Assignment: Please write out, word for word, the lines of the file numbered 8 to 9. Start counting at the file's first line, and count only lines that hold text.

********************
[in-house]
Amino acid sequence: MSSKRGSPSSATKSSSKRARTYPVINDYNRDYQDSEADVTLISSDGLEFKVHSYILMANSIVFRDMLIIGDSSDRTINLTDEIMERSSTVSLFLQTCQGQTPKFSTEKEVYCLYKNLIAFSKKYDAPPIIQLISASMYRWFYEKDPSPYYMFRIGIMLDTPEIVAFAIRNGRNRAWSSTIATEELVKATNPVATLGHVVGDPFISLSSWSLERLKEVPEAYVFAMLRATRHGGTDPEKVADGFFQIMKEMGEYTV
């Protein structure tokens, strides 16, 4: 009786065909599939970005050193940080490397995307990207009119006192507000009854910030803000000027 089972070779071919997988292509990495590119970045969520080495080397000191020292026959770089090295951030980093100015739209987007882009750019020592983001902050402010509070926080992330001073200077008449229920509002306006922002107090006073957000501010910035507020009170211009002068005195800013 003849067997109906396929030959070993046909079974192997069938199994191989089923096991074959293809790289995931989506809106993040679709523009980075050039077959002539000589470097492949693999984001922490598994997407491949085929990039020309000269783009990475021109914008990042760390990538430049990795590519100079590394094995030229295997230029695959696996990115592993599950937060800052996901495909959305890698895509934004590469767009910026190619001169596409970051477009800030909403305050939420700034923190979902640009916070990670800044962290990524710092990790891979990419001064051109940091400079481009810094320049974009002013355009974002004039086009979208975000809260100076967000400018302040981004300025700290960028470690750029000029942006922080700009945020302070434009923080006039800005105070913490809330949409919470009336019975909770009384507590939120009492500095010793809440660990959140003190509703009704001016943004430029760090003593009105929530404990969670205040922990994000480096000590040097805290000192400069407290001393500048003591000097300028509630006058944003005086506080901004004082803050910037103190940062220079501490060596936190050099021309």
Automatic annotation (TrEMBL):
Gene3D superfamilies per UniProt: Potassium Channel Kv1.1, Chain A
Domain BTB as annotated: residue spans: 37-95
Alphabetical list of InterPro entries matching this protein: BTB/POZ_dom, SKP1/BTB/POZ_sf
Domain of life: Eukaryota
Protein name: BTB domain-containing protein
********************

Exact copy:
Domain of life: Eukaryota
Protein name: BTB domain-containing protein